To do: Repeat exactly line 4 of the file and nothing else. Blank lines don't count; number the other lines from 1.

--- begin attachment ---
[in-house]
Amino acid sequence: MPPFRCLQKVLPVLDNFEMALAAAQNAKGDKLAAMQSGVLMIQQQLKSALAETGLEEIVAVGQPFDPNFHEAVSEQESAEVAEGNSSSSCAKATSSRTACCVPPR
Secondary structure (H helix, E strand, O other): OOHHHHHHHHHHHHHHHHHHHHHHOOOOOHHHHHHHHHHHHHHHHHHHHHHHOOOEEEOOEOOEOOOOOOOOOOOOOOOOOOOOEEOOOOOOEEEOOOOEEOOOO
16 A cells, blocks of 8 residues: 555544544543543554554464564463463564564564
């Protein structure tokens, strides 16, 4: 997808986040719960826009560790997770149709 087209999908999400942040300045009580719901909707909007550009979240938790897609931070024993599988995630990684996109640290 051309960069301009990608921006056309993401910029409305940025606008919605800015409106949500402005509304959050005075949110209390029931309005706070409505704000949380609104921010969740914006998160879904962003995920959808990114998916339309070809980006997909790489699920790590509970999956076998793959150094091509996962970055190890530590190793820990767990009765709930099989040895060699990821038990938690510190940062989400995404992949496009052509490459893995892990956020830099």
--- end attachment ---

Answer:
16 A cells, blocks of 8 residues: 555544544543543554554464564463463564564564